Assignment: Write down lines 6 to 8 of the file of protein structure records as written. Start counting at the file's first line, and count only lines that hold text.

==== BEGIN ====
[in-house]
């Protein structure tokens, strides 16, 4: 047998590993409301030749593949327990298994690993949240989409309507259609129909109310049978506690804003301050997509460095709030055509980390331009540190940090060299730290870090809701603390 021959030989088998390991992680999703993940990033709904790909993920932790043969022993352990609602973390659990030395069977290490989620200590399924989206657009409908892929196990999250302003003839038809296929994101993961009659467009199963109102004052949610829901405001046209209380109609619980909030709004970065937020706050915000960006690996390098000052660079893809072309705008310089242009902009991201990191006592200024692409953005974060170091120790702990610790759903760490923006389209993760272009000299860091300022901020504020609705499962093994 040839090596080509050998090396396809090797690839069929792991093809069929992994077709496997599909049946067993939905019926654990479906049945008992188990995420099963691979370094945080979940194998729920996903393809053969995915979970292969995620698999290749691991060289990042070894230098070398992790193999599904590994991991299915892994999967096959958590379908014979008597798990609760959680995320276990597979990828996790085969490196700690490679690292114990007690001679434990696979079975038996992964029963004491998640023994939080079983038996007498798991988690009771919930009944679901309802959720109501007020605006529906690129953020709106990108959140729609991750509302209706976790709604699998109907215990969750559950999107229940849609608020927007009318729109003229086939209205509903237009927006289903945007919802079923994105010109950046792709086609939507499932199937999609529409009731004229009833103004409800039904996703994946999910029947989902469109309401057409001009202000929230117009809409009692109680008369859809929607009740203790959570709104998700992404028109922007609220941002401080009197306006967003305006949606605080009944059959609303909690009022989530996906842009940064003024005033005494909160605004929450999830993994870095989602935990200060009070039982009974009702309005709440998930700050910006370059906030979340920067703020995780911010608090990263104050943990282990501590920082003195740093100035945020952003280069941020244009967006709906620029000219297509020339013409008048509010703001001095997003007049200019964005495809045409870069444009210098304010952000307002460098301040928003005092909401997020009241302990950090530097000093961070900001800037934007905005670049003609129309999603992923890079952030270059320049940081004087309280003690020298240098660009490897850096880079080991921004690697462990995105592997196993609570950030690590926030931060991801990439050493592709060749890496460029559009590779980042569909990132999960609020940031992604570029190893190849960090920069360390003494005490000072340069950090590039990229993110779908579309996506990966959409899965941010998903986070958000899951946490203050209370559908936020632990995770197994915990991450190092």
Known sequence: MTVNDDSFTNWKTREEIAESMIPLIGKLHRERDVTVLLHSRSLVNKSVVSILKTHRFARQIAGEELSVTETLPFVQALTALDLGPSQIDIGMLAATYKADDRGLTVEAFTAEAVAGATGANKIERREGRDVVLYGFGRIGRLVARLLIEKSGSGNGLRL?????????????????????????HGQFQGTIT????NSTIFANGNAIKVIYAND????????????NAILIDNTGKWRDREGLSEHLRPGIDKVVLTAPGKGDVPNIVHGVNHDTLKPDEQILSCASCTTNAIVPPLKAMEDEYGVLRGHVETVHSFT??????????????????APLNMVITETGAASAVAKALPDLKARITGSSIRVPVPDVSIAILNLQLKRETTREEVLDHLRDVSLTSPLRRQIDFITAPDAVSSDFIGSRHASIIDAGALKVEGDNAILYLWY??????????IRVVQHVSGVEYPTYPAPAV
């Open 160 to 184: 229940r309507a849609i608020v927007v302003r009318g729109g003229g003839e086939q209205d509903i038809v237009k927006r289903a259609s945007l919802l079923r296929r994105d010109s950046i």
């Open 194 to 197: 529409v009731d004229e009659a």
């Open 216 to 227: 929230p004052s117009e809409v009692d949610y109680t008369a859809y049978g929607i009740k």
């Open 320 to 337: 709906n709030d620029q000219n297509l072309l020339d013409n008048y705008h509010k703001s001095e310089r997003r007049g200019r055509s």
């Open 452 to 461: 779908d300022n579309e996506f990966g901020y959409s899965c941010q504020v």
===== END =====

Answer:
């Open 216 to 227: 929230p004052s117009e809409v009692d949610y109680t008369a859809y049978g929607i009740k």
């Open 320 to 337: 709906n709030d620029q000219n297509l072309l020339d013409n008048y705008h509010k703001s001095e310089r997003r007049g200019r055509s």
């Open 452 to 461: 779908d300022n579309e996506f990966g901020y959409s899965c941010q504020v």